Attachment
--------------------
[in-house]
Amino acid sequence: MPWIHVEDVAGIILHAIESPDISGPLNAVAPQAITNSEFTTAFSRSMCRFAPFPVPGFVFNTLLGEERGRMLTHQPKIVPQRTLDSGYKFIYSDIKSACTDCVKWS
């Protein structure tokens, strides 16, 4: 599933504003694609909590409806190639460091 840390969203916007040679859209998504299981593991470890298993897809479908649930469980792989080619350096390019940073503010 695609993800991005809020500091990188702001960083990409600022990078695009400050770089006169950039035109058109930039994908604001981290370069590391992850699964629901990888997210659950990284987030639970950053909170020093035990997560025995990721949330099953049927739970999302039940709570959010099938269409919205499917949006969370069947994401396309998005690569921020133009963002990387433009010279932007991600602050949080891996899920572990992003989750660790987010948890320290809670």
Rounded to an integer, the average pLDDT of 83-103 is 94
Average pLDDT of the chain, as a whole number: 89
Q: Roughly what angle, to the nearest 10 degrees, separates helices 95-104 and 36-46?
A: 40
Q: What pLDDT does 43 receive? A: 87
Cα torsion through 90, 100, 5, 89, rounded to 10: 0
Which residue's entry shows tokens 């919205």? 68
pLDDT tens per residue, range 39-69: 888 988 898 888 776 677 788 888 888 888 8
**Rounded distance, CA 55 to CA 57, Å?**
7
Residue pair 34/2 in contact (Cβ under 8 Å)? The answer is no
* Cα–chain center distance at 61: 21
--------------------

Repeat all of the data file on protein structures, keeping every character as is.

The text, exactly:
[in-house]
Amino acid sequence: MPWIHVEDVAGIILHAIESPDISGPLNAVAPQAITNSEFTTAFSRSMCRFAPFPVPGFVFNTLLGEERGRMLTHQPKIVPQRTLDSGYKFIYSDIKSACTDCVKWS
């Protein structure tokens, strides 16, 4: 599933504003694609909590409806190639460091 840390969203916007040679859209998504299981593991470890298993897809479908649930469980792989080619350096390019940073503010 695609993800991005809020500091990188702001960083990409600022990078695009400050770089006169950039035109058109930039994908604001981290370069590391992850699964629901990888997210659950990284987030639970950053909170020093035990997560025995990721949330099953049927739970999302039940709570959010099938269409919205499917949006969370069947994401396309998005690569921020133009963002990387433009010279932007991600602050949080891996899920572990992003989750660790987010948890320290809670």
Rounded to an integer, the average pLDDT of 83-103 is 94
Average pLDDT of the chain, as a whole number: 89
Q: Roughly what angle, to the nearest 10 degrees, separates helices 95-104 and 36-46?
A: 40
Q: What pLDDT does 43 receive? A: 87
Cα torsion through 90, 100, 5, 89, rounded to 10: 0
Which residue's entry shows tokens 């919205």? 68
pLDDT tens per residue, range 39-69: 888 988 898 888 776 677 788 888 888 888 8
**Rounded distance, CA 55 to CA 57, Å?**
7
Residue pair 34/2 in contact (Cβ under 8 Å)? The answer is no
* Cα–chain center distance at 61: 21